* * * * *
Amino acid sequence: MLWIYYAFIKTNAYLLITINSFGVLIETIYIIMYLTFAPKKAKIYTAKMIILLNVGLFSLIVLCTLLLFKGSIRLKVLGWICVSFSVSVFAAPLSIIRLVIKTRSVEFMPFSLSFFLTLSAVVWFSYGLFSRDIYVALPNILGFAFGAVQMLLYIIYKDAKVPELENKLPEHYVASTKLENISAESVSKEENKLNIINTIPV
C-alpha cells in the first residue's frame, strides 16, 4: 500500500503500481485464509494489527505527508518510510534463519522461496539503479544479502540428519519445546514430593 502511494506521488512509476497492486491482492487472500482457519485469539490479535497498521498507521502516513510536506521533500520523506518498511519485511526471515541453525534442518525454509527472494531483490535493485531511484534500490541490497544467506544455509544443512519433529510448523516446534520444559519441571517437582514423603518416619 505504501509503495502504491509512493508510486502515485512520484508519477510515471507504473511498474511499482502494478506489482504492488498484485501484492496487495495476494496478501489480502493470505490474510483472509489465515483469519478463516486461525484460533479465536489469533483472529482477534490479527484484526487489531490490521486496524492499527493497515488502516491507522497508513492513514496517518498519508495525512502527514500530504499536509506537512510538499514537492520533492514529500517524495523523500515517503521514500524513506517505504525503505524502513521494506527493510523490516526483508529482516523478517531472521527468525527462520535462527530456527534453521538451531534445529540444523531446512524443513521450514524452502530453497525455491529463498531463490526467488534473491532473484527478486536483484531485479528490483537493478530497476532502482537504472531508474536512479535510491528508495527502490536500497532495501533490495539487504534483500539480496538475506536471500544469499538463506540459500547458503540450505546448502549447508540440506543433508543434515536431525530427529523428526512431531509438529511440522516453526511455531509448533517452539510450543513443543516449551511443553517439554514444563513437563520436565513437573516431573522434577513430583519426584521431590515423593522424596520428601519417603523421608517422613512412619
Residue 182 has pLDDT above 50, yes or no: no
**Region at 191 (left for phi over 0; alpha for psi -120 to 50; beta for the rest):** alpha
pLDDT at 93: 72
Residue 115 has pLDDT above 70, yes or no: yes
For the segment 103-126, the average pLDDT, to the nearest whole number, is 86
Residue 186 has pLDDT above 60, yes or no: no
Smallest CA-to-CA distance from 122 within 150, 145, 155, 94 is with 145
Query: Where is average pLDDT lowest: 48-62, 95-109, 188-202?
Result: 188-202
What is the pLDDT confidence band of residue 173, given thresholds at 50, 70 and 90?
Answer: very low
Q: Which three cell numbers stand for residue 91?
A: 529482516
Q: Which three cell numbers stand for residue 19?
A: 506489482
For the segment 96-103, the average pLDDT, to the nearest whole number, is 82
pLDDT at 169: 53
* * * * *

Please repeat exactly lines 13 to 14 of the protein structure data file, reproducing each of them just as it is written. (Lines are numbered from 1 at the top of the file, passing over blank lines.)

Answer: very low
Q: Which three cell numbers stand for residue 91?